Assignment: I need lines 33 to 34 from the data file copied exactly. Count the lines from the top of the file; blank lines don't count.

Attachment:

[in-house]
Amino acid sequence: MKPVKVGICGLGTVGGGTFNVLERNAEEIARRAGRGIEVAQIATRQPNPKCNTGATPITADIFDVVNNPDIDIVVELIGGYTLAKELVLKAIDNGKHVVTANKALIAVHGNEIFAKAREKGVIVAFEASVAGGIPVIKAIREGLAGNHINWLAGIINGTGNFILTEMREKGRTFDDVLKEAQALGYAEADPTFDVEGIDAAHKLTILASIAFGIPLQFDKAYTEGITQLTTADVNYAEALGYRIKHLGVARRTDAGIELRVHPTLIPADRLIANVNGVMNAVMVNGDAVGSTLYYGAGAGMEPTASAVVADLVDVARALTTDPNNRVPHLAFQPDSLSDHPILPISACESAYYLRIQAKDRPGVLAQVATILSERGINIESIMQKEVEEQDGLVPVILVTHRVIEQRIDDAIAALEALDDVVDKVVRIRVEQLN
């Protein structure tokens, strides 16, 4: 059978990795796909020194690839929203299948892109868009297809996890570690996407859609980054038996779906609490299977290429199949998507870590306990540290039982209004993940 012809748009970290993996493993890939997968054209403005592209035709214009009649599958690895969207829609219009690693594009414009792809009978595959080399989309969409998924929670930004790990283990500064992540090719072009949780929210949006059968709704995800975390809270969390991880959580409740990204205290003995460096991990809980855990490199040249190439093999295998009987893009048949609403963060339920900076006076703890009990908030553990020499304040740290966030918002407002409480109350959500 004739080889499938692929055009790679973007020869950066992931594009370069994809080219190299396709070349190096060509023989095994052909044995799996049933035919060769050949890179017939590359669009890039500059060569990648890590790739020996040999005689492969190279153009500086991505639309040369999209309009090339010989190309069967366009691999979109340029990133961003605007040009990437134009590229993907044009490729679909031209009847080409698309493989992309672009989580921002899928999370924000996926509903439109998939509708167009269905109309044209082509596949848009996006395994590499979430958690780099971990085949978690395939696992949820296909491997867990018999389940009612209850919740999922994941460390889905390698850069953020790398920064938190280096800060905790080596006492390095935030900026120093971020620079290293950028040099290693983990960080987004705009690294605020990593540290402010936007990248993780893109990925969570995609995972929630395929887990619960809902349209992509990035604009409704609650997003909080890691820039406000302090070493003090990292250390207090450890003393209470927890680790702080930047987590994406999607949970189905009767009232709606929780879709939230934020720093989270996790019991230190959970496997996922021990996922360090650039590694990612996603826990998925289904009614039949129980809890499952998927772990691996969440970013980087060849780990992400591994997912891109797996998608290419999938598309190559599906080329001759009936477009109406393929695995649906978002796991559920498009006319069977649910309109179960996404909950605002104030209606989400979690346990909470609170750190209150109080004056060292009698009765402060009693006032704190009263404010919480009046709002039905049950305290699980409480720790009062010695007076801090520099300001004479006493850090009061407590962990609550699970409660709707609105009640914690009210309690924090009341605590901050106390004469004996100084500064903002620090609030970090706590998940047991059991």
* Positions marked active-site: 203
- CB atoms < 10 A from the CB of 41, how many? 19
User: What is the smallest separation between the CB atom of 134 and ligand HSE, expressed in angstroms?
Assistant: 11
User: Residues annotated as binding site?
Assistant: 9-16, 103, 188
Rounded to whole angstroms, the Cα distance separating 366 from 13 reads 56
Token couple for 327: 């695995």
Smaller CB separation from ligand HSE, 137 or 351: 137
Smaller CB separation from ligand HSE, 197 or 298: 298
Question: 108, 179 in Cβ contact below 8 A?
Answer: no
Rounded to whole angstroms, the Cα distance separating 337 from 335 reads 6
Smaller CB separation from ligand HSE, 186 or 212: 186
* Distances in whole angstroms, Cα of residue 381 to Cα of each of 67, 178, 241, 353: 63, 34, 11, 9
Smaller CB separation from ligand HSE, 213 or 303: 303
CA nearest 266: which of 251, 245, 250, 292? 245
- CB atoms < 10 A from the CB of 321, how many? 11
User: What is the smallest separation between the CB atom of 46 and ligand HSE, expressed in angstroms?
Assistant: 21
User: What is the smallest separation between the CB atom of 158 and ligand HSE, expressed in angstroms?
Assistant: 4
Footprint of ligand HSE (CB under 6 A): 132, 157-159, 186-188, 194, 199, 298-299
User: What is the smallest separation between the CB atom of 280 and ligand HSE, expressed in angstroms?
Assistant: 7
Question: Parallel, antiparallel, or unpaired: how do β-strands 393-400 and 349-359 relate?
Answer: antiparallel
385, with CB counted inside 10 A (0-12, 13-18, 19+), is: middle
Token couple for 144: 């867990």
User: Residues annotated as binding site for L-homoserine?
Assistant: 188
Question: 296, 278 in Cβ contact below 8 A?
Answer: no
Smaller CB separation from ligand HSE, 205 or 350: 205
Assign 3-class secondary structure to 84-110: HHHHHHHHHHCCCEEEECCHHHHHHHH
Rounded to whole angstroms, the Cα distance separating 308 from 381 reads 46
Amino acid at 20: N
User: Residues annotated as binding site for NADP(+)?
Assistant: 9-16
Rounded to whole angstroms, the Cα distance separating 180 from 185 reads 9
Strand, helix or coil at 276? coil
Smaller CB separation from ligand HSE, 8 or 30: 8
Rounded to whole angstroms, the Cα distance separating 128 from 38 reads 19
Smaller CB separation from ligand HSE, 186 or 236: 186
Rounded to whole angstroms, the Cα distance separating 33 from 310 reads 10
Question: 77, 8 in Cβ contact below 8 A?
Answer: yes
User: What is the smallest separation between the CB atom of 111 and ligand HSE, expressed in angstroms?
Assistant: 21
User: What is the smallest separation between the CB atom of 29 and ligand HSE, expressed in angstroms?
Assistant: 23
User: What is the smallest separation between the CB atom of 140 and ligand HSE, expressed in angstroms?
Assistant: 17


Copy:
User: Residues annotated as binding site for L-homoserine?
Assistant: 188